Hugs May Be Off Limits, but You Can Still Enjoy Loving Quality Time With Mom or Dad

        Daniel Haimowitz, MD, FACP, CMD, talks about how you can safely enjoy visits with your loved ones in a nursing home and help prevent the spread of COVID-19 or other infections.
        These days we’re all longing to hug, hold hands, and kiss our family and friends hello and goodbye. If you have a loved one in a post-acute or long-term care facility, the administration and staff there want you to be able to visit and to help you stay connected and engaged with your loved one. But they also want to keep their residents and everyone else safe, and they have federal and state regulations they need to follow.
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        When asked to wear a mask or follow other rules during your visit, please understand that these temporary restrictions are needed for your loved one’s safety.
        Photo by Georg Arthur Pflueger on Unsplash
        The state or county Department of Health can give you information about the current regulations. The facility may also be able to give you good advice and suggestions.
        These efforts are all designed to promote safety and keep people from getting sick. Remember that COVID-19 is a very contagious virus, and you can spread it to others if you are sick or even if you have the virus but no signs or symptoms.
        • Check with the facility in advance to find out what their rules and guidelines are. You will probably have to call ahead of time to schedule your visit.
        • If you want to bring a gift or food for your loved one, check to see if this is okay and what, if any, limitations there are.
        • When you go to visit your loved one and the facility requires a temperature check, asks about your symptoms and potential exposure, and mandates that you wear a mask, please be patient and cooperative.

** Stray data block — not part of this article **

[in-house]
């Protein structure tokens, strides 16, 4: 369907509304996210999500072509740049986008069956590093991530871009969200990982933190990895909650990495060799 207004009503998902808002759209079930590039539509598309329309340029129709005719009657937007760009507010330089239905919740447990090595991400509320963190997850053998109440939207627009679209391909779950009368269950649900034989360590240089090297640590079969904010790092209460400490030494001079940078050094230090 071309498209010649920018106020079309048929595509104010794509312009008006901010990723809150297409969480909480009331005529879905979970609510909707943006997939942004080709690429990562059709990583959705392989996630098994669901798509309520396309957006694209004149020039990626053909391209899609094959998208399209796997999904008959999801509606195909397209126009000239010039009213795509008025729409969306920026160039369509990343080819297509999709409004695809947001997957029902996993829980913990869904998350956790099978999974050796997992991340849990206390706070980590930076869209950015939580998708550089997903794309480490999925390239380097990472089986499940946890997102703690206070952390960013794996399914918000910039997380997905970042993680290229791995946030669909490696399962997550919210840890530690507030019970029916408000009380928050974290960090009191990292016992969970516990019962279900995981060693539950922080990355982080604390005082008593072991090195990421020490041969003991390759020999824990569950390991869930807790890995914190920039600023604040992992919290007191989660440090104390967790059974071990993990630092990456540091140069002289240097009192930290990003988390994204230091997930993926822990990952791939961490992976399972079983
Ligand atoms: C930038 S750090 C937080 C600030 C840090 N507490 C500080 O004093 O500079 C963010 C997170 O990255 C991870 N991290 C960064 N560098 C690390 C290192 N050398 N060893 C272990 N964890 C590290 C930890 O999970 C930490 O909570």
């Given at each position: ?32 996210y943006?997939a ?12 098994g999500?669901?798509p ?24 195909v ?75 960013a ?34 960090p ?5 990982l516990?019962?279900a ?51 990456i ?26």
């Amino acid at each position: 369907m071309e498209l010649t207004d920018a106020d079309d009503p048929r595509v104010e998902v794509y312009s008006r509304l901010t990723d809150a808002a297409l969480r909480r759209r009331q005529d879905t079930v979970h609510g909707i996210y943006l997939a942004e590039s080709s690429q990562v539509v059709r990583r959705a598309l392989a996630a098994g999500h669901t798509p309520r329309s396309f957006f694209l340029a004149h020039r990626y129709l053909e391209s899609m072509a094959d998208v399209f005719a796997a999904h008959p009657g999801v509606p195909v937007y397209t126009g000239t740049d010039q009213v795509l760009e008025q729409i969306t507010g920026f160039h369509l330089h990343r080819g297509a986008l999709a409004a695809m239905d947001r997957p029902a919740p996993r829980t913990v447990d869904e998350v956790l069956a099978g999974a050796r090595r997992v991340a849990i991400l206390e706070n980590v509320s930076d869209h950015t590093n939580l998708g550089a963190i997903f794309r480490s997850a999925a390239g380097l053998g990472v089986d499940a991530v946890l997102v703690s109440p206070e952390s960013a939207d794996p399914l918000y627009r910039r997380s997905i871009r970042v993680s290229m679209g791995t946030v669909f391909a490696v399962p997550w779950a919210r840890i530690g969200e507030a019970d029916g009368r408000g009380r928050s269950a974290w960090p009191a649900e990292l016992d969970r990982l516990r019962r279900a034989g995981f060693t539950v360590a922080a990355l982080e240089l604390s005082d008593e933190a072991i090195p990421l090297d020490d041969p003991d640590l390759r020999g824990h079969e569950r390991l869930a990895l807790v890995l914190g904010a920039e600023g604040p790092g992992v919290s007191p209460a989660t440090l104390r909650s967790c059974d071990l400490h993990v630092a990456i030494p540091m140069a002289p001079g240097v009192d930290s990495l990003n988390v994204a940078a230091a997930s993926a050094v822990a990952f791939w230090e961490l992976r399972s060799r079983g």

• Understand that you won’t be able to hug or maybe even touch your loved one. You may have to visit outside (weather permitting) or inside with a plastic/glass barrier between you. You will need to follow safety guidance such as wearing a mask and keeping a six-foot distance from your loved one. It also is important to have hand sanitizer and/or antibacterial wipes handy.
        • If in-person visits aren’t possible, talk to the facility about other options, such as arranging video meetings or visits through the window. These efforts can help keep you engaged with your loved one until you can resume regular, face-to-face visits.
        It can be frustrating not to be able to spend time with your loved one. Understand that if the facility has very restrictive rules, it is only because they want to protect both of you. They want everyone to be safe and healthy — and studies show that these restrictions work.
        We all hope the day will come soon when you can enjoy a “normal” visit. In the meantime, work with the facility to find the best, safest ways for you to enjoy visits and interactions. Remember, we’re all in this together!

        Questions to Ask Your Provider

        • What can I do to keep my loved one safe during the visit?
        • Can I bring my dog to visit mom? How about a book, a box of bath salts, a bouquet of flowers, or a new shirt?

        What You Can Do

        • Follow all of the facility’s rules.
        • Follow guidance from your state/local Department of Health to protect yourself and others in the community from the coronavirus.
        • Plan your visits and do everything possible to make them fun as well as safe.
        • Get an influenza vaccine, and talk to your practitioner about having your loved one vaccinated.

        For More Information

        • Andy Markowitz, “When Can Visitors Return to Nursing Homes?” AARP Family Caregiving Medical, Sept. 2, 2020:
        • Centers for Medicare & Medicaid Services, “Frequently Asked Questions (FAQs) on Nursing Home Visitation,” June 23, 2020: